ESG: Stop Ignoring the ‘S’

If you’re in business, chances are you’ve heard the acronym ESG being thrown around liberally. ESG (Environmental, Social, and Governance) are the ethics considered most important by the stakeholders of a company. Let’s take a closer look at ESG and why you should stop ignoring the ‘S’.


Buzz word ‘ESG’ stands for Environmental, Social, and Governance – the parameters that stakeholders most commonly use to evaluate the ethics of a company. If we pull back and look at the overall concept, what it boils down to is corporate responsibilities and relationships.

  • Environmental – the company’s relationship with the environment and the environmental issues they take responsibility for;
  • Social – the company’s relationship with its community and how it takes responsibility for nurturing those relationships; and
  • Governance – the ethics and policies of the company that guide its corporate and financial responsibilities and affiliate relationships.

Whilst not compulsory in Australia, ESG reporting addresses a measurable criteria that guides stakeholder investment, community support, and company accountability – if proper reporting is used.

At the Shared Values Summit Asia Pacific, held 21 June 2021, Mark Kramer stated that “$51 billion net new dollars went into ESG in 2020, double the year before, which is great…[But] because the disclosing about ESG are still voluntary, its hard to know what the impact really is“.



It’s commonplace in businesses these days to address the Environmental and Governance criteria of ESG. Companies proudly boast being paperless and transitioning to green energy; they make their company policies available and are relatively transparent in their business dealings and affiliations.

But what about Social?

The world has begun to accept the idea of business playing a part to address social issues profitably.  “Shared Value” (originally coined in 2011 by Kramer and Porter in a Harvard Business Review article) is a business strategy designed to solve social issues profitably.  Ideally, it creates a more prosperous environment in which to operate making business more sustainable and resilient.

The social activities of a business are largely ungoverned by legislation, making it difficult to measurably assess this criterion, making visible and earnest community involvement critical for a business.

While we do see some corporate social accountability through diversity and human rights, Shared Value is still often largely glossed over. Australian businesses are adept at addressing legislation-dictated requirements such as gender diversity, ethnic diversity, and workplace health and safety, but there’s still a distinct gap with regard to the place of a business within its community.

Providing a needed service or product has been confused with the idea of benefitting the community. The focus on the impact of a business on its community and its involvement within that community falls by the wayside because, well, ‘we’re providing what they want, right?’.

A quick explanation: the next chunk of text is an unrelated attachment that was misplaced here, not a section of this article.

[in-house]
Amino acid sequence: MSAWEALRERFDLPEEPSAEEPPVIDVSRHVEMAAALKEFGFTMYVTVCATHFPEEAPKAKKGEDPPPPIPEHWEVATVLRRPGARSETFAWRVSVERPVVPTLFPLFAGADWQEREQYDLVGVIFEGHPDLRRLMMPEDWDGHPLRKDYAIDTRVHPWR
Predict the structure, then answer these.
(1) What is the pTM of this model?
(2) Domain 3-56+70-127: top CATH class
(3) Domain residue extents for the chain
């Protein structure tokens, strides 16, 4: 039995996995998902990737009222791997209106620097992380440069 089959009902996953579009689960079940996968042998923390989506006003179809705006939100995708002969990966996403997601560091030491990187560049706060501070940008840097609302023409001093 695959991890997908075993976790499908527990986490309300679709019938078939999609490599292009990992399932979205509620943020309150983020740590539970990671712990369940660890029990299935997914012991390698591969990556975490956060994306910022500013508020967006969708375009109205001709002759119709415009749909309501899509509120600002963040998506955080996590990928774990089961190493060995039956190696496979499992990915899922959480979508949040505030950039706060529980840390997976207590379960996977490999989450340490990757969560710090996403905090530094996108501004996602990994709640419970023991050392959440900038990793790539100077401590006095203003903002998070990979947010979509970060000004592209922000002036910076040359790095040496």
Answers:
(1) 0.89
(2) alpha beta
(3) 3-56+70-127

Consider this, though: with social media having such a heavy societal impact and with elaborate scam businesses being so prolific, how does the community know who to trust?

And that’s where the social aspect of ESG is critical in a business strategy – it’s about building trust toward better relationships, based on trust, with stakeholders and community. This relationship building leads to profitable social impact. You win, the community wins, everyone is a winner!

How To Address The S

Whilst it’s fair to say that an aspect of ‘Social’ is boosting your business visibility in the community, it needs to be through far more meaningful engagements. Much like your community wants to know how your product or service is of benefit to them, the same goes for the company in general and how it benefits and enriches the community whilst also achieving financial gain.

Diving in and getting to truly know the community to become an active part of it is what WILL boost the visibility of your business and, in turn, address the S in ESG. Do your research, conduct social impact assessments, and host open forums – How do you impact the community now? What does the community need? How can your company be the one to address that need?

Be transparent in the projects you’ve been involved in and how those projects have impacted the community – whatever it takes to be out there, making a difference, and truly becoming a PART of your community.

Visible. Measurable. Participation.

Importantly, this isn’t a ‘set and forget’ strategy. Monitor these measures and their impact – when things aren’t effectively contributing, re-strategise.  Rosemary Addis AM, Director of Impact Investing Australia, discussed this at the Shared Value Summit, “That’s the difference between applying a screen or selectively looking at factors in the work you’ve been doing relative to saying, are we actually making progress here?  Is anybody better off as a result?  Are we still doing things that create harm or are we contributing solutions?”


Wall Planning Group’s experienced and motivated team offers community consultation services to address the S in ESG, with a strong focus on social impact assessments.

Find out more.